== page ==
Monaco Grand Prix – 1991

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Mônaco 1991

After prevailing in the first three races of the 1991 championship, Ayrton Senna was after his fourth win in the season and also his fourth victory in Monaco.

To win at Monaco is a challenge, beginning with the qualifying sessions, as the track does not allow for mistakes and has few overtaking opportunities. Ayrton Senna knew that he would have to get the pole position to increase his chances.

Thus, he was beyond pleased with the final qualifying results: he would start in first place in Monte Carlo, with a time of  1min20s344, the 56th pole position in his career.

That Sunday’s big surprise was starting right beside him: Tyrerell’s Stefano Modena, in his best starting grid position ever. The second row belonged to Williams’ Riccardo Patrese and Benetton’s nelson Piquet. Berger (McLaren) and Prost (Ferrari) made up the third row.

One of the problems foreseen by McLaren was that Ferrari already had a semi-automatic gearbox system, used for the first time in 1990, with which drivers didn’t have to take the right hand off the wheel to shift gears. Senna, who was left-handed, had an edge since his “good” hand was always gripping the steering wheel. In a track like Monaco, where one is constantly shifting gears, the ability to do it on the wheel itself could make life that much easier for the Italian team’s drivers.

That Sunday, May 12th, was Mother’s Day and Senna wanted his 30th victory to be Mrs, Neyde’s gift.

He had definite plans for the race when he felt a jerk in the car during warm up. He would have to start with the spare car. It was a race against time: the mechanics switched over the engine, gearbox and suspension under Senna’s watchful eye.

“I had to forget about that setback and concentrate on the race.”

He started well but was pressured by Stefano Modena (Tyrrell) shortly after. Piquet went straight ahead at the Mirabeau corner because of problems in the rear suspension, leading the Benetton driver to retire from the race. Berger spun off in the first lap, made a pit-stop to change the car’s front-end and came back to the race, but ended up crashing at the pool area in the 13th lap.

Senna got way from Modena, as the Tyrell driver had Patrese to worry about.

In the 43rd lap, the Tyrell’s Honda engine blew up, spilling oil at the tunnel’s exit. Patrese wasn’t able to keep the ideal course and crashed against the wall. The second place seemed to have fallen on Alain Prost’s lap, but Nigel Mansell started pressuring the Ferrari driver immediately after that.

Mansell managed to overtake him when exiting the tunnel on the 62nd lap, where the race officials had widened the chicane, making passing a little easier at that spot.

He changed tires as expected, but he would have a great challenge to face:

“Prost left the boxes ahead of me and I peeled out on the straightaway. I must admit, for a fraction of a second, I was afraid to pass him. We were competing for the lead in the championship and, well, you never know.”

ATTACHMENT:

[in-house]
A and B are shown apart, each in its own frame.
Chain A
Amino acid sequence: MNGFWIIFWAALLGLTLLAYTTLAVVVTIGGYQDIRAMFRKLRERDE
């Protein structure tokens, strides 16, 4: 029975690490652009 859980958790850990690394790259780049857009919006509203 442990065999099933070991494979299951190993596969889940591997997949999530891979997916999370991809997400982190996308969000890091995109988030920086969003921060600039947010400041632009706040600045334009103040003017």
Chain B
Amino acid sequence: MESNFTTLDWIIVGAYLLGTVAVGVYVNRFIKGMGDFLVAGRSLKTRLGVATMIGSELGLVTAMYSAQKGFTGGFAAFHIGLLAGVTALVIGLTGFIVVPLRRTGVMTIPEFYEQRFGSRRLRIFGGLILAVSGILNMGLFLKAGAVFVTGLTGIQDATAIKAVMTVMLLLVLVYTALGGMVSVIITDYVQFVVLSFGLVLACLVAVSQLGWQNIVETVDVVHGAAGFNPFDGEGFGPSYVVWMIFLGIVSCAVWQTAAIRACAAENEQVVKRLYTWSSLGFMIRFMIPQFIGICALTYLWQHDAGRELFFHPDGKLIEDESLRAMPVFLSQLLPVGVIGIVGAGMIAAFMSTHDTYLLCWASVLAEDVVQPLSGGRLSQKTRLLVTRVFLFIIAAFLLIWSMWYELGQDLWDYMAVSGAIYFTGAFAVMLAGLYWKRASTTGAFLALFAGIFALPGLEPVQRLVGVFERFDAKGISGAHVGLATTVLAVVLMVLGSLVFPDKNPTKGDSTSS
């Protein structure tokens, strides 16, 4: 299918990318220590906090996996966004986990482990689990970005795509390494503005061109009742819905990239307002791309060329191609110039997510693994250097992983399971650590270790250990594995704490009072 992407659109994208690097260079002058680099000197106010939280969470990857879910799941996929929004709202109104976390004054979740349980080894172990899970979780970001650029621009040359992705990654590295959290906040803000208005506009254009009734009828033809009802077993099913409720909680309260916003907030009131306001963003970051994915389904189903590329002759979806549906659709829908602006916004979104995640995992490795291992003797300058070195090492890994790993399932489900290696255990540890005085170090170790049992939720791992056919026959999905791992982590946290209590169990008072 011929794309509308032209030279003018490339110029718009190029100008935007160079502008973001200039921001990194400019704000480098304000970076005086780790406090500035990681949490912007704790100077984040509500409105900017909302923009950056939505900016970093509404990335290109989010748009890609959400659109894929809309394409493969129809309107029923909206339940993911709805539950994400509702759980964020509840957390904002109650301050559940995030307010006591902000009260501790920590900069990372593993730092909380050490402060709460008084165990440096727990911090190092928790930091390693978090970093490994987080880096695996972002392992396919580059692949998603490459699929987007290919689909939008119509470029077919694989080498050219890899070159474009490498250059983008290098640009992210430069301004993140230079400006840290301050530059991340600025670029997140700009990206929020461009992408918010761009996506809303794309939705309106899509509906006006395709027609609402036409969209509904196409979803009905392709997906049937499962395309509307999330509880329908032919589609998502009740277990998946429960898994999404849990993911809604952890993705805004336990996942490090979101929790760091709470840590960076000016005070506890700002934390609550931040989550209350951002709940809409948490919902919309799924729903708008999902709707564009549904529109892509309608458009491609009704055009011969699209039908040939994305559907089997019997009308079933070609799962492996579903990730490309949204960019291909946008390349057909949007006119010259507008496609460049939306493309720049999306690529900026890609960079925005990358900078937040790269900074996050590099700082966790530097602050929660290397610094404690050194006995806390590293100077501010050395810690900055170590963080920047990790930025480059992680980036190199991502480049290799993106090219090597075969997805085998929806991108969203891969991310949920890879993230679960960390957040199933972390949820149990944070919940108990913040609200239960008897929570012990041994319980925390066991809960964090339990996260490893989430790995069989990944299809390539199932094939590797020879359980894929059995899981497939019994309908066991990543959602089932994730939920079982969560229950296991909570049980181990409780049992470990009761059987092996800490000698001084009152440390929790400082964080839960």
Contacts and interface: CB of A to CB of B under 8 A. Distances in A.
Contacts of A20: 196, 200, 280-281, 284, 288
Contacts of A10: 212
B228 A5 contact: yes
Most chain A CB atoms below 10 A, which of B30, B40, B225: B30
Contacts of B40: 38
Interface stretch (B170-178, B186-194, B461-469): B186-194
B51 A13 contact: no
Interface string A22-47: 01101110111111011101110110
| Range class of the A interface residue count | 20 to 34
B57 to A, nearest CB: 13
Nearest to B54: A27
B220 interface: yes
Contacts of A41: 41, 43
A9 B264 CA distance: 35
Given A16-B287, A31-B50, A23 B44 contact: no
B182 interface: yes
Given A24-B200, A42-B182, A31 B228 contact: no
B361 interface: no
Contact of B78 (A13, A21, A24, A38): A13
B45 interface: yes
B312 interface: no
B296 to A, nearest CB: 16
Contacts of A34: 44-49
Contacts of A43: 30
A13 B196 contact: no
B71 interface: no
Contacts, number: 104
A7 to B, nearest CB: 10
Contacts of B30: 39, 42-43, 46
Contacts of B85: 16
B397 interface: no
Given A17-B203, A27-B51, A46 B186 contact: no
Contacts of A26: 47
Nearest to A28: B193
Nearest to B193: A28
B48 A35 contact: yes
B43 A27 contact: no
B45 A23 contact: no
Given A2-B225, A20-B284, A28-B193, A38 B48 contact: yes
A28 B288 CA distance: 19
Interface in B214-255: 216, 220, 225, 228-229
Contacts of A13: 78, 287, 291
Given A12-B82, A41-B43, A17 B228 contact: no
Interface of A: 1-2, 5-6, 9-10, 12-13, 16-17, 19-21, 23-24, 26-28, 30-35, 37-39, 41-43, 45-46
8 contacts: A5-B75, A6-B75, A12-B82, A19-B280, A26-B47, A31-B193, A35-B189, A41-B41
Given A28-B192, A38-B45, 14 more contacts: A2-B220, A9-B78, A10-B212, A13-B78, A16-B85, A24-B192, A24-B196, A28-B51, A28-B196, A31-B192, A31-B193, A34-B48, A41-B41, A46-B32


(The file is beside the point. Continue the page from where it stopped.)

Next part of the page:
Senna beautifully passed Prost’s Ferrari and claimed his fourth victory in Monaco and of the season. No drive,r, up until then, had ever won four times in the first four victories in a Formula One season. Mansell finished second, his first podium in Monaco. Jean Alesi rounded out the podium. Another Brazilian highlight was Roberto Pupo Moreno, who scored his first points in the season by finishing the Monaco Grand Prix in fourth place.

“I crossed the finish line completely destroyed.”

The palm of his right hand was raw from the force he applied to the gear shift totaling 3,120 gear changes over the course of 76 laps in the race. He had welts on his right shoulder from where the seatbelt pressed against his skin, creating creases in his race suit. But all this was forgotten once he crossed the finish line.

“There’s little that the victory pop of a champagne bottle can’t cure.”

Leading practically from start to finish, Senna no had 40 points overall. Prost had 11 and Berger, 10. The builder’s championship standings were also great for McLaren, who was on the verge of celebrating 25-years since its founding. The British team had 50 points, against Ferrari’s 16.

Race Summary

  • 1 Ayrton Senna
  • 2 S. Modena
  • 3 R. Patrese
  • 4 N. Piquet
  • 5 N. Mansell
  • 6 G. Berger
  • 7 A. Prost
  • 8 R. Moreno
  • 9 J. Alesi
  • 10 A. de Cesaris
  • 11 S. Nakajima
  • 12 E. Pirro
  • 13 J. Lehto
  • 14 P. Martini
  • 15 M. Gugelmin
  • 16 T. Boutsen
  • 17 G. Morbidelli
  • 18 I. Capelli
  • 19 A. Suzuki
  • 20 G. Tarquini
  • 21 E. Bernard
  • 22 M. Blundell
  • 23 E. Comas
  • 24 B. Gachot
  • 25 M. Alboreto
  • 26 M. Hakkinen
Turns 78
Time Nublado
Fastest lap A. Prost - 1´24´´368
Podium 1º Ayrton Senna 2º N. Mansell 3º J. Alesi
Cars 26
Leaving 14

Senna in race

Starting position 1
Final position 1
Best lap 1’25’’250
Points added to the Championship 10
Championship position after the race 1
What did he say after the race
“There’s little that the victory pop of a champagne bottle can’t cure.”